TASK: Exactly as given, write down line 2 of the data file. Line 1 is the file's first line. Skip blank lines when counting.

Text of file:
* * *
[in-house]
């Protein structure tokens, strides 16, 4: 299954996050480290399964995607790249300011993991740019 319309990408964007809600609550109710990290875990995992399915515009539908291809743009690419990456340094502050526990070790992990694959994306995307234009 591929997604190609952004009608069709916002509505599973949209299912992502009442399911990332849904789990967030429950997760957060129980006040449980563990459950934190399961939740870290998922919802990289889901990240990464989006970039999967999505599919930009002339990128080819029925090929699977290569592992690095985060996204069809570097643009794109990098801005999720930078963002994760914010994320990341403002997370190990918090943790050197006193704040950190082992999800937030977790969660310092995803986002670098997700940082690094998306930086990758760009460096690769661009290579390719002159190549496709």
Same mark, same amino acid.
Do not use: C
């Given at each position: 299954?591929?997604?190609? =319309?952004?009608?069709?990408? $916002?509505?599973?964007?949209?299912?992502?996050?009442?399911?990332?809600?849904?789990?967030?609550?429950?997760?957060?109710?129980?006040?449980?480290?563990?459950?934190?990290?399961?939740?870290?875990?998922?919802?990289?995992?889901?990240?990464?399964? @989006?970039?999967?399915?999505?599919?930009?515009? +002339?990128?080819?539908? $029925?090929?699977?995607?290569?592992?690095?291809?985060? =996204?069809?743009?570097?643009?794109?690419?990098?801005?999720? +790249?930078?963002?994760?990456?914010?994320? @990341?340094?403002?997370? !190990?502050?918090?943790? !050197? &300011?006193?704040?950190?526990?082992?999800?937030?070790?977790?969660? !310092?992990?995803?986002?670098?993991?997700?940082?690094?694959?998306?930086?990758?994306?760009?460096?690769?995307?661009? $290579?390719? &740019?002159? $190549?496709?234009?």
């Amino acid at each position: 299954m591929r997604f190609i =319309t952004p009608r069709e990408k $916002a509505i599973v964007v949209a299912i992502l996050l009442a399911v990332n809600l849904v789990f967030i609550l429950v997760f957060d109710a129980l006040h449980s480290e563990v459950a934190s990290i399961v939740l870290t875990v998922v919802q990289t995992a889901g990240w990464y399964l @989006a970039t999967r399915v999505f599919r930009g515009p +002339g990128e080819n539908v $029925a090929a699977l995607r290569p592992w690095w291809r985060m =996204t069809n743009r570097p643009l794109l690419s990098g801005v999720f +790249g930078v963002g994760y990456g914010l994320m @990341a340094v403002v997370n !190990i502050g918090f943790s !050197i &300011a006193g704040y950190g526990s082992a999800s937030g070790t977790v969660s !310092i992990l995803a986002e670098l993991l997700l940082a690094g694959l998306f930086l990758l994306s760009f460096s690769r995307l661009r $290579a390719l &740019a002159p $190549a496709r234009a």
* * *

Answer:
């Protein structure tokens, strides 16, 4: 299954996050480290399964995607790249300011993991740019 319309990408964007809600609550109710990290875990995992399915515009539908291809743009690419990456340094502050526990070790992990694959994306995307234009 591929997604190609952004009608069709916002509505599973949209299912992502009442399911990332849904789990967030429950997760957060129980006040449980563990459950934190399961939740870290998922919802990289889901990240990464989006970039999967999505599919930009002339990128080819029925090929699977290569592992690095985060996204069809570097643009794109990098801005999720930078963002994760914010994320990341403002997370190990918090943790050197006193704040950190082992999800937030977790969660310092995803986002670098997700940082690094998306930086990758760009460096690769661009290579390719002159190549496709």